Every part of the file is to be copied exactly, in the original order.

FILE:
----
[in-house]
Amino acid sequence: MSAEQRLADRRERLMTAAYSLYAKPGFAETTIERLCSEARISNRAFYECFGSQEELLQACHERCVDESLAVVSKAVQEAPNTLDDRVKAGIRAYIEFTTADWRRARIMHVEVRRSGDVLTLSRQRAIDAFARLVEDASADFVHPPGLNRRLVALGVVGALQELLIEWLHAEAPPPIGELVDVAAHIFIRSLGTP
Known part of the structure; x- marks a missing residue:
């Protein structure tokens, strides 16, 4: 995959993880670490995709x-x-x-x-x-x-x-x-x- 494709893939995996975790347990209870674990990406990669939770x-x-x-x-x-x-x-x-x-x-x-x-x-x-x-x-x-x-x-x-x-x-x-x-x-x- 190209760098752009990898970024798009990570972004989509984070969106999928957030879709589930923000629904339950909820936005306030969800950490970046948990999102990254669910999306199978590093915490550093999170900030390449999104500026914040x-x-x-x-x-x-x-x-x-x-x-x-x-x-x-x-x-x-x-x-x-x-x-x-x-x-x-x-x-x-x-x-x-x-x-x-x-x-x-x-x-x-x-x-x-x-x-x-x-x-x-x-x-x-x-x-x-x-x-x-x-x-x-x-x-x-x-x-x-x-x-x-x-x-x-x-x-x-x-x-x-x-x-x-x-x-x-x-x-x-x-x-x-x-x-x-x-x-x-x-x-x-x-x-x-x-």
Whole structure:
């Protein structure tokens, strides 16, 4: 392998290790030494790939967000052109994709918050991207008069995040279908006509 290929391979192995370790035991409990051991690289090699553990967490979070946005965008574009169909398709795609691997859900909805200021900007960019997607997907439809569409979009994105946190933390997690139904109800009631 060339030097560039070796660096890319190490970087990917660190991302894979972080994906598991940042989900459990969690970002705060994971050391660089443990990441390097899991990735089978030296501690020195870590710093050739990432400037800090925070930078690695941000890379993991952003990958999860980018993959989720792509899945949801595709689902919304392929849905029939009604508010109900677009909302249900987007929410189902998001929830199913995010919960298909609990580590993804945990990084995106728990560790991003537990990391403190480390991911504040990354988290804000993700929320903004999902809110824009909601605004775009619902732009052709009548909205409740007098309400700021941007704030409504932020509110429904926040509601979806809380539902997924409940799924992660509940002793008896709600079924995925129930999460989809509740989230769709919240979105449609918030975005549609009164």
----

[in-house]
Amino acid sequence: MSAEQRLADRRERLMTAAYSLYAKPGFAETTIERLCSEARISNRAFYECFGSQEELLQACHERCVDESLAVVSKAVQEAPNTLDDRVKAGIRAYIEFTTADWRRARIMHVEVRRSGDVLTLSRQRAIDAFARLVEDASADFVHPPGLNRRLVALGVVGALQELLIEWLHAEAPPPIGELVDVAAHIFIRSLGTP
Known part of the structure; x- marks a missing residue:
């Protein structure tokens, strides 16, 4: 995959993880670490995709x-x-x-x-x-x-x-x-x- 494709893939995996975790347990209870674990990406990669939770x-x-x-x-x-x-x-x-x-x-x-x-x-x-x-x-x-x-x-x-x-x-x-x-x-x- 190209760098752009990898970024798009990570972004989509984070969106999928957030879709589930923000629904339950909820936005306030969800950490970046948990999102990254669910999306199978590093915490550093999170900030390449999104500026914040x-x-x-x-x-x-x-x-x-x-x-x-x-x-x-x-x-x-x-x-x-x-x-x-x-x-x-x-x-x-x-x-x-x-x-x-x-x-x-x-x-x-x-x-x-x-x-x-x-x-x-x-x-x-x-x-x-x-x-x-x-x-x-x-x-x-x-x-x-x-x-x-x-x-x-x-x-x-x-x-x-x-x-x-x-x-x-x-x-x-x-x-x-x-x-x-x-x-x-x-x-x-x-x-x-x-």
Whole structure:
């Protein structure tokens, strides 16, 4: 392998290790030494790939967000052109994709918050991207008069995040279908006509 290929391979192995370790035991409990051991690289090699553990967490979070946005965008574009169909398709795609691997859900909805200021900007960019997607997907439809569409979009994105946190933390997690139904109800009631 060339030097560039070796660096890319190490970087990917660190991302894979972080994906598991940042989900459990969690970002705060994971050391660089443990990441390097899991990735089978030296501690020195870590710093050739990432400037800090925070930078690695941000890379993991952003990958999860980018993959989720792509899945949801595709689902919304392929849905029939009604508010109900677009909302249900987007929410189902998001929830199913995010919960298909609990580590993804945990990084995106728990560790991003537990990391403190480390991911504040990354988290804000993700929320903004999902809110824009909601605004775009619902732009052709009548909205409740007098309400700021941007704030409504932020509110429904926040509601979806809380539902997924409940799924992660509940002793008896709600079924995925129930999460989809509740989230769709919240979105449609918030975005549609009164």